Longitudinal Placements (LP’s) are clinical placements that the students organize, and there are basically four half days per LP (approximately 16 hours). And LP’s can be completed with any specialty, or any PA or doctor.
The PA students organize them – finding contacts and putting together a schedule or a time. I really enjoy LPs as they allow you to explore anything that you’re interested in.
So if you are really interested in geriatrics, you can do a LP in geriatrics. I have personally done an LP in family medicine, Cardiac ICU and in the ER and all three were great. I had amazing preceptors for all three, and all were with practicing Canadian Physician Assistants who had been working for a while.
The PAs that I did LPs with all understand where I am in the PA program, and they have a lot of experience taking on students.
They were really good at teaching me and allowing me a glimpse into their life.
They also took time to just talk to me about what they go through their day-to-day, things they think about, things that they kind of encounter and their perspective on the profession, and on the future of the profession. We had really good conversations in the time that I was with them, and I really enjoyed that aspect. My PA Preceptors became my role models in a sense of -like- one day I want to be like them and also advocating for the profession, but also just being a great PA.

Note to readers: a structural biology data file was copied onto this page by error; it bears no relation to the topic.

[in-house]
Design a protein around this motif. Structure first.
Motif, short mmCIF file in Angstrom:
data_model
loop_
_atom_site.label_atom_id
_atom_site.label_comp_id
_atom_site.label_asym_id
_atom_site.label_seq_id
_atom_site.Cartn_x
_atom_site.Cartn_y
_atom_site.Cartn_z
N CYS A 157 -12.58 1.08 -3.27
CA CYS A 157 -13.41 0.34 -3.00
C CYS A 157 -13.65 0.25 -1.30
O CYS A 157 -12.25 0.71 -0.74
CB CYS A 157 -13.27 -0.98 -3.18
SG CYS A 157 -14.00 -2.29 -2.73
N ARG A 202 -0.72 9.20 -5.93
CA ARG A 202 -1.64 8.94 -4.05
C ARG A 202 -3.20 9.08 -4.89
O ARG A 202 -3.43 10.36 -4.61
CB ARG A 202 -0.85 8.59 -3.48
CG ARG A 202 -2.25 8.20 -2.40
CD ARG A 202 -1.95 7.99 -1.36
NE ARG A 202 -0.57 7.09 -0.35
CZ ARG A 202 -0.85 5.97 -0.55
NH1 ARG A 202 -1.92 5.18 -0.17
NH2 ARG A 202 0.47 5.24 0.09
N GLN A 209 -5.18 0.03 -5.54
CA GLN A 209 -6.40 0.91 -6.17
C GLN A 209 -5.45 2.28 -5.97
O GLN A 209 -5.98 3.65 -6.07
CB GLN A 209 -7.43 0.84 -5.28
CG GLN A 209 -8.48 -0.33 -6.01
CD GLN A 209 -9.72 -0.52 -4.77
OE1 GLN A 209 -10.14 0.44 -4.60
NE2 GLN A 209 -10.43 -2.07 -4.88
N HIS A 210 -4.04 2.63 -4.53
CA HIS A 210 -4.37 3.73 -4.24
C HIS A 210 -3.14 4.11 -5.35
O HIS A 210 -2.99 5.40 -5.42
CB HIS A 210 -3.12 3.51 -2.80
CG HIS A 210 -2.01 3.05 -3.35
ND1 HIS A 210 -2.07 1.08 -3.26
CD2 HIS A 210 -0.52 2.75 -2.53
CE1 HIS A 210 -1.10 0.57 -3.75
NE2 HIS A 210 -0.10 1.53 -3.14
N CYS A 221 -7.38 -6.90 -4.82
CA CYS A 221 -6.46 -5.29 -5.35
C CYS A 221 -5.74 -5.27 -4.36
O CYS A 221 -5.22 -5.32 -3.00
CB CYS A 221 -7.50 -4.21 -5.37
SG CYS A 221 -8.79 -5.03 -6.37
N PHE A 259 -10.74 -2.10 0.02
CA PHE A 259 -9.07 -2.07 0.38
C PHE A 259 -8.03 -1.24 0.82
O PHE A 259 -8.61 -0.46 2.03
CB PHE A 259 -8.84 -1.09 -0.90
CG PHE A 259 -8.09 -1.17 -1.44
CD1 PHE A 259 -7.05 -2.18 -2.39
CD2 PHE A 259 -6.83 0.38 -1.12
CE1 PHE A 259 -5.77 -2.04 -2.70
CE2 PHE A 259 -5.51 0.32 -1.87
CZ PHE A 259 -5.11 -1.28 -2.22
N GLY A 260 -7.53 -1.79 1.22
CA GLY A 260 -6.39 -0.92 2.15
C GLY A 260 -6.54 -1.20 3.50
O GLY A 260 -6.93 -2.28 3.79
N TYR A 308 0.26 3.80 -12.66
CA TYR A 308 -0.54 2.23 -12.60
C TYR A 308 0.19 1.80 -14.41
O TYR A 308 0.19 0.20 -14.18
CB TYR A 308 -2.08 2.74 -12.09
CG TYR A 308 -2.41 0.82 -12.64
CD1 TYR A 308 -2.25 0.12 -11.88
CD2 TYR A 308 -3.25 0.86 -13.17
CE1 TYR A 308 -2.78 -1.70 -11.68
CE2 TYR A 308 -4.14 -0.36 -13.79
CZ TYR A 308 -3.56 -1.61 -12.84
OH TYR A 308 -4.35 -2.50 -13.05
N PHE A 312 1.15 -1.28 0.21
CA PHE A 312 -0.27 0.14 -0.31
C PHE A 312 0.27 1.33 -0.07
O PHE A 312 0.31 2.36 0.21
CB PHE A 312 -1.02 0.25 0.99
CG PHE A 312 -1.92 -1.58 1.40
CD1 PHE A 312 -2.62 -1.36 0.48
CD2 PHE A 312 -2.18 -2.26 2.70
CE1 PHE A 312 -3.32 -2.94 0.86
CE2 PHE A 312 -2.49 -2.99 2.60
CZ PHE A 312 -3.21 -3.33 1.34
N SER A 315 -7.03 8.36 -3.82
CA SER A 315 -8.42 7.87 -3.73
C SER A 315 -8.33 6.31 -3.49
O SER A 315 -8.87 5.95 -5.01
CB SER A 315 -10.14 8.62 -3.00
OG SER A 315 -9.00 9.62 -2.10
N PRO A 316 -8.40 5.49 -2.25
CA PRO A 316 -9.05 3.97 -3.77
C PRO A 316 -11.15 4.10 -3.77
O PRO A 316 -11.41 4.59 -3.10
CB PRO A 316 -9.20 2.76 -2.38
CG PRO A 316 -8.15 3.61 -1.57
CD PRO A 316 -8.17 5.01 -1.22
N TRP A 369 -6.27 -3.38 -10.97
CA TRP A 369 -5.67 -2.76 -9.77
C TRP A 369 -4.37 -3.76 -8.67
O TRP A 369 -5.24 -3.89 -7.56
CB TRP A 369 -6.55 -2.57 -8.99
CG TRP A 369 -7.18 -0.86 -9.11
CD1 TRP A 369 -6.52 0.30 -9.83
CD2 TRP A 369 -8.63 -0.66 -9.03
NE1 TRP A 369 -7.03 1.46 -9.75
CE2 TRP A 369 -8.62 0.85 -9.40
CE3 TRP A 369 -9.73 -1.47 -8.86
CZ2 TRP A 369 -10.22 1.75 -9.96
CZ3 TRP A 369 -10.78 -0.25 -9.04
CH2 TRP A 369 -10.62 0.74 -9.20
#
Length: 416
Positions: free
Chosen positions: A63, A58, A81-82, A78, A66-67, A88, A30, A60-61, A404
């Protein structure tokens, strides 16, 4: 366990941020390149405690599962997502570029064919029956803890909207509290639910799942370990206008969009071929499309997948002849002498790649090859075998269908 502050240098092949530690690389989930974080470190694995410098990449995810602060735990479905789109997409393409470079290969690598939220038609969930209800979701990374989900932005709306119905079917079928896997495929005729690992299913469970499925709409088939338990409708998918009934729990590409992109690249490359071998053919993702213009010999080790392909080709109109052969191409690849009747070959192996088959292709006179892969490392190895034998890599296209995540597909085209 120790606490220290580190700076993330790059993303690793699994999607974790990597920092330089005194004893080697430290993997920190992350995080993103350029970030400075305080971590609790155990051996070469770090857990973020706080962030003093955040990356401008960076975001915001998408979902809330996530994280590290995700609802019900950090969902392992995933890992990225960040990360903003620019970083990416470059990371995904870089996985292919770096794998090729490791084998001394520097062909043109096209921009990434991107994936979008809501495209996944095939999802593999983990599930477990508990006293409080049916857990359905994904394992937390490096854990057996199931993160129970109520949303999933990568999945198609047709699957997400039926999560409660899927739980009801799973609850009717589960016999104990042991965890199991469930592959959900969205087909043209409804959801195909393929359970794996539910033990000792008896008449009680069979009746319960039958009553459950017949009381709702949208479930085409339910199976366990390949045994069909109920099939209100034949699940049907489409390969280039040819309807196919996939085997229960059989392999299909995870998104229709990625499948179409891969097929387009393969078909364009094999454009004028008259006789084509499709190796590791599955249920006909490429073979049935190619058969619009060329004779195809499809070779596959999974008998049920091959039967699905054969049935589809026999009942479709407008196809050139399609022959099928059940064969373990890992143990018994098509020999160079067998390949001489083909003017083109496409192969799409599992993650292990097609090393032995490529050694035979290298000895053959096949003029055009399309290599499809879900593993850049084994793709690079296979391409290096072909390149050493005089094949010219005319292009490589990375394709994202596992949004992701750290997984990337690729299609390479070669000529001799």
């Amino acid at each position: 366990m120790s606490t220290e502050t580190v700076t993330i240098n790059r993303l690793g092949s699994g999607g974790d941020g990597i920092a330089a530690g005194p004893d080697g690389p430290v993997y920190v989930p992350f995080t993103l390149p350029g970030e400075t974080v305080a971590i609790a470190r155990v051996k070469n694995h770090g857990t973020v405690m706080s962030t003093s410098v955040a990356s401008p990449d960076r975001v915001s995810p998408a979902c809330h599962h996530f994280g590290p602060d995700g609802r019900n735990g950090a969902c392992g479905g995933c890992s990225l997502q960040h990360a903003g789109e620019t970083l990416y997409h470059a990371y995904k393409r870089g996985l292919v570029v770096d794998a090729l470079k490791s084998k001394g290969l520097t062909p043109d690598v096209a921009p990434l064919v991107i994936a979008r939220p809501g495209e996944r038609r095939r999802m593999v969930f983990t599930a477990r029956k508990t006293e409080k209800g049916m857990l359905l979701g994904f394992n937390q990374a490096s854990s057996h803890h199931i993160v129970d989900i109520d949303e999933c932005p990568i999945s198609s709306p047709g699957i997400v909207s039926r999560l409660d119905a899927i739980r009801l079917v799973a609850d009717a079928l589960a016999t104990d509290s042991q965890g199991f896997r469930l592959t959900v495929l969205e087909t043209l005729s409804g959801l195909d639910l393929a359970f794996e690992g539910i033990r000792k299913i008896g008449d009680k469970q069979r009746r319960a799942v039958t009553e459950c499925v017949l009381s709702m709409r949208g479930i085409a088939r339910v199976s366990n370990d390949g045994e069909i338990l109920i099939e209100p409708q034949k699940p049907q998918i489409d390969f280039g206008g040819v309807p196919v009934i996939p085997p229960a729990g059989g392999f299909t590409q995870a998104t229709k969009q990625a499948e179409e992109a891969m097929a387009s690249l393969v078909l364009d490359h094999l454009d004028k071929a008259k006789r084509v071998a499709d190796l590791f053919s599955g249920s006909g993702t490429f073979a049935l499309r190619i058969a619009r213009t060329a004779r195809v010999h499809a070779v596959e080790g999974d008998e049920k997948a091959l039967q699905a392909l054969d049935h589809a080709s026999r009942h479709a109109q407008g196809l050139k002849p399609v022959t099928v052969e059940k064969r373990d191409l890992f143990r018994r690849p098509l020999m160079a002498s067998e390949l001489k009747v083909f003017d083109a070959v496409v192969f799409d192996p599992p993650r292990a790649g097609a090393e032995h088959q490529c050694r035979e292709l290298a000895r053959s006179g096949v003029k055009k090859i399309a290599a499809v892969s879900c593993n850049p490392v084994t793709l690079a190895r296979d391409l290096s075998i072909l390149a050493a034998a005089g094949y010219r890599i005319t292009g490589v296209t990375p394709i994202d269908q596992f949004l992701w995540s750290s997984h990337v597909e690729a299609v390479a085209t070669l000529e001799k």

The PAs were all very respected and shared collegiality with the nurses and physicians they work with. So a big goal of mine is to, as a PA, integrate well within the health care team.